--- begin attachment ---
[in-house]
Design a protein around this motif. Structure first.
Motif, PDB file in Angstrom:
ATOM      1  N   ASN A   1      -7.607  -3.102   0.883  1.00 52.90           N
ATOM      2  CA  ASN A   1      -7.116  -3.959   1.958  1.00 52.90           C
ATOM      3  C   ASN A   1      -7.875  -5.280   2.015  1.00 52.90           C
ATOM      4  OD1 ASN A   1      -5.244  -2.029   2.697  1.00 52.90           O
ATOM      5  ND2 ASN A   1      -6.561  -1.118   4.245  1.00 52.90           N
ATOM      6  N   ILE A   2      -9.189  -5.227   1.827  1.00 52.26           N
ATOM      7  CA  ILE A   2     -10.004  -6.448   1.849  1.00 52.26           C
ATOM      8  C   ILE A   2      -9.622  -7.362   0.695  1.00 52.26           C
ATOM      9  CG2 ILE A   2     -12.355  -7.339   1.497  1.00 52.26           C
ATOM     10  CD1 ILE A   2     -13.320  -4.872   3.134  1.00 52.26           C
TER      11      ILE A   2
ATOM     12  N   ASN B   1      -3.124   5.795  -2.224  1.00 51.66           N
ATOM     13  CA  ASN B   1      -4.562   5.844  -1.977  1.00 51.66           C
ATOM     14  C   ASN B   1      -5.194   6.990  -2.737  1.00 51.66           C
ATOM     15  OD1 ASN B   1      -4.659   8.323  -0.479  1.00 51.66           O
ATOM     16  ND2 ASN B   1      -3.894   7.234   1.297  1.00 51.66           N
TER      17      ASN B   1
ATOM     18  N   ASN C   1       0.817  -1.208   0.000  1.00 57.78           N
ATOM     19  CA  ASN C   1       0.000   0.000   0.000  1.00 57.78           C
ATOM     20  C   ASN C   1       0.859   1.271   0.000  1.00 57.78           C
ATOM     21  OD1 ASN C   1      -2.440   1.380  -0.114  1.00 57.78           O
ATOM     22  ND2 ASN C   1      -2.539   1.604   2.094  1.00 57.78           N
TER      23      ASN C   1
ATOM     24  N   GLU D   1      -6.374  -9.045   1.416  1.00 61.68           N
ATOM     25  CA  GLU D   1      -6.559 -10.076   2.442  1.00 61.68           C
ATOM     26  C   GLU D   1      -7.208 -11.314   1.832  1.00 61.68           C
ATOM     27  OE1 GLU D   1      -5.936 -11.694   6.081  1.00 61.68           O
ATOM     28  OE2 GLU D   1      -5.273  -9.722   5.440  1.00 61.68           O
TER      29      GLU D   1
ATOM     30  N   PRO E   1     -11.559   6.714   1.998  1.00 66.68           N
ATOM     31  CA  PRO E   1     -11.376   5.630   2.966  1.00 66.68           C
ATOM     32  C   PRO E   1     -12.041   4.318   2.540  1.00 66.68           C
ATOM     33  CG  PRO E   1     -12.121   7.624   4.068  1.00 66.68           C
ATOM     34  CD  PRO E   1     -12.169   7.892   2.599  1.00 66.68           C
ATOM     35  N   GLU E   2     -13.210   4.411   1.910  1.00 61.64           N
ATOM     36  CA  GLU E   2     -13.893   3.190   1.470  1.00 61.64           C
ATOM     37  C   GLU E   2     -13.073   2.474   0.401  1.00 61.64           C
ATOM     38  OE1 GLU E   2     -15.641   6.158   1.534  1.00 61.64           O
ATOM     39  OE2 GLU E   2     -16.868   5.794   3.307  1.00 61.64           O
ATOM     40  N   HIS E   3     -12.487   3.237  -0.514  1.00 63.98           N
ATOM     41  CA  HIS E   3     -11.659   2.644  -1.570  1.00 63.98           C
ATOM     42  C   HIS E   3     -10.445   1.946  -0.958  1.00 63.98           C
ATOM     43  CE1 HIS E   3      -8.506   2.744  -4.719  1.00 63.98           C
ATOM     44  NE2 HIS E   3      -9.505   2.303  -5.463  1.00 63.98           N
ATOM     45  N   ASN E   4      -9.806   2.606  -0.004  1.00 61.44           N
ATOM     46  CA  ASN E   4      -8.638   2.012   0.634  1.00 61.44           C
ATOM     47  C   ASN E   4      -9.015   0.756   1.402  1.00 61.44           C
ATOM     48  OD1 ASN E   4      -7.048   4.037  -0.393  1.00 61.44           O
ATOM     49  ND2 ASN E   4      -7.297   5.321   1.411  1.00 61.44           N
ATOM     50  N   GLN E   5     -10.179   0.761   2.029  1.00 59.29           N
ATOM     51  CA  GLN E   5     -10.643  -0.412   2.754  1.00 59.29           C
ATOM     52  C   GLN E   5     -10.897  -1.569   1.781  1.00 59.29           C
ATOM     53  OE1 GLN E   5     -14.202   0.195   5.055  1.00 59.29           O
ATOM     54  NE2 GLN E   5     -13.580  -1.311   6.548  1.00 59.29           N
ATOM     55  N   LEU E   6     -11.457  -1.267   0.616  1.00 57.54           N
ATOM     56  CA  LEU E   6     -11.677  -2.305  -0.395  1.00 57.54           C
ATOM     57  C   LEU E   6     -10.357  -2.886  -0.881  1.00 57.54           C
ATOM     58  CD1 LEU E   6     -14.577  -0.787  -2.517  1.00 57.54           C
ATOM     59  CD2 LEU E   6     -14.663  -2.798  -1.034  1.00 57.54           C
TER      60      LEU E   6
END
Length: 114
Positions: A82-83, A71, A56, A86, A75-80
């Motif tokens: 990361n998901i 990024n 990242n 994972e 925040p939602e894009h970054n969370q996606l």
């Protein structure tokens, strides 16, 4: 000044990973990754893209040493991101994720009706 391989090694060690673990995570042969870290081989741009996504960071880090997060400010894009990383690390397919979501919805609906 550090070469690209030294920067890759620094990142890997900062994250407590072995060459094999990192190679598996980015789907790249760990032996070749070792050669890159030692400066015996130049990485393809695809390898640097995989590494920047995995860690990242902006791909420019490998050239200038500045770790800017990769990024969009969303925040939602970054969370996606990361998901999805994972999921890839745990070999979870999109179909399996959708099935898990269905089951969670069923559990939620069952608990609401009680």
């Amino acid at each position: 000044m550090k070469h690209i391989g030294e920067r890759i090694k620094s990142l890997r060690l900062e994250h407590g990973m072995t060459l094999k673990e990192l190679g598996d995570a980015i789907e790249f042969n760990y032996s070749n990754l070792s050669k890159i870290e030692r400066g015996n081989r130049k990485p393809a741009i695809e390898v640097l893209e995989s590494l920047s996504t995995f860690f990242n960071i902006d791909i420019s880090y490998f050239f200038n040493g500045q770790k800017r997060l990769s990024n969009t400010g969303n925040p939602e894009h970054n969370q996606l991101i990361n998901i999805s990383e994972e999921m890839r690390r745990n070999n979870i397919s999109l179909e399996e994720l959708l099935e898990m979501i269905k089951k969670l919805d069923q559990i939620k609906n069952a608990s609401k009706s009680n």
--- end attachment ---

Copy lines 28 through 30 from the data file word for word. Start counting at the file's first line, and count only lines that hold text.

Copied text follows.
ATOM     25  CA  GLU D   1      -6.559 -10.076   2.442  1.00 61.68           C
ATOM     26  C   GLU D   1      -7.208 -11.314   1.832  1.00 61.68           C
ATOM     27  OE1 GLU D   1      -5.936 -11.694   6.081  1.00 61.68           O